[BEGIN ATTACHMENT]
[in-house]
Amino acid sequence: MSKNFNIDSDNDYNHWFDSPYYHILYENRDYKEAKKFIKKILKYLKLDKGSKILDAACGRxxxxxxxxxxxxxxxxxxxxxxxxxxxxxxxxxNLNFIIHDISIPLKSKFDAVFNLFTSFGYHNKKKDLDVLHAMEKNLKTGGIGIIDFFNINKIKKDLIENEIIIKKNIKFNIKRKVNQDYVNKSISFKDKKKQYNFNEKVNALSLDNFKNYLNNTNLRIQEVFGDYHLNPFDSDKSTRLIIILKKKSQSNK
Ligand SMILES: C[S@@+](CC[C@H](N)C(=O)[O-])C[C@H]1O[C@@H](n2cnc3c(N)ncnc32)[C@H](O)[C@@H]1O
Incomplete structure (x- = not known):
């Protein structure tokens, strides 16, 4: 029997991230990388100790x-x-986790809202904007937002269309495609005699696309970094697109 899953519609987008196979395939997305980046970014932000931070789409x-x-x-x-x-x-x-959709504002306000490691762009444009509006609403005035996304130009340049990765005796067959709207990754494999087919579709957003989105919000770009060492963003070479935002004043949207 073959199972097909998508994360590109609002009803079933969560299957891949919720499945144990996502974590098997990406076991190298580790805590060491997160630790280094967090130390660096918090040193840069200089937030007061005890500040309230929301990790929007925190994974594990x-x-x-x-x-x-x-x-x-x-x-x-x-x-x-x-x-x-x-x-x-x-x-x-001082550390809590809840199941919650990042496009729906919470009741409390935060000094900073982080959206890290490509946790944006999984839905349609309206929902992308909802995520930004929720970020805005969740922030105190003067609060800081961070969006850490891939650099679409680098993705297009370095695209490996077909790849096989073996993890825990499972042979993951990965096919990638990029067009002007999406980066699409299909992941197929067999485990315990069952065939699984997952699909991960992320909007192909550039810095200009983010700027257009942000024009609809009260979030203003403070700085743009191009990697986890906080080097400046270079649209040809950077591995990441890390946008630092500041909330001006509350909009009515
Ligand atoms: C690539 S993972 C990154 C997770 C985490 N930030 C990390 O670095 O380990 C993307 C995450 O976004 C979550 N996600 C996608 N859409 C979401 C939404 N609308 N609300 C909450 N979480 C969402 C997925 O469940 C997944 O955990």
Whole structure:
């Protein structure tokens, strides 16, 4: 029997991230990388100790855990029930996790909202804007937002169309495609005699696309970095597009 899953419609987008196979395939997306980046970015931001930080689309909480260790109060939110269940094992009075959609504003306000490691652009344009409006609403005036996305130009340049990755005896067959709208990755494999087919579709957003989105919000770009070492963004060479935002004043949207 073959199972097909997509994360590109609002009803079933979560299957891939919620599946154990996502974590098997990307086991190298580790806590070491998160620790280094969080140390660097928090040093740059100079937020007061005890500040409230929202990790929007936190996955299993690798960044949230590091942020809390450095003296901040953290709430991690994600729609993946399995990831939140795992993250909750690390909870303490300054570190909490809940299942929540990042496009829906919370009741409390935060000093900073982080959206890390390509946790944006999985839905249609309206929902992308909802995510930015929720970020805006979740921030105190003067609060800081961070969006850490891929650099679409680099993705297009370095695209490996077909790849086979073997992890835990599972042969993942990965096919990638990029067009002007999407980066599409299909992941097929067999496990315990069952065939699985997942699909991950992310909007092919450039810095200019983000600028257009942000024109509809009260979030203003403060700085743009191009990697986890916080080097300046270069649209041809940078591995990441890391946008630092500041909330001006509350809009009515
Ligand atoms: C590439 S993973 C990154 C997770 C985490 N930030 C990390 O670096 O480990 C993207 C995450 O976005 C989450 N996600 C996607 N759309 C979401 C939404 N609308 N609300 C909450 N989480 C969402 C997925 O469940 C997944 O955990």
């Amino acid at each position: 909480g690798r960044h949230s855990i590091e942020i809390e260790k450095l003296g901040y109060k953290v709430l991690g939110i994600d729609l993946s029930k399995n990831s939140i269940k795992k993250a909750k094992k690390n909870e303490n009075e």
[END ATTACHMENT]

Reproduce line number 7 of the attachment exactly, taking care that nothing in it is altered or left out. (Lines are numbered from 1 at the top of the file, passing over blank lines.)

Whole structure: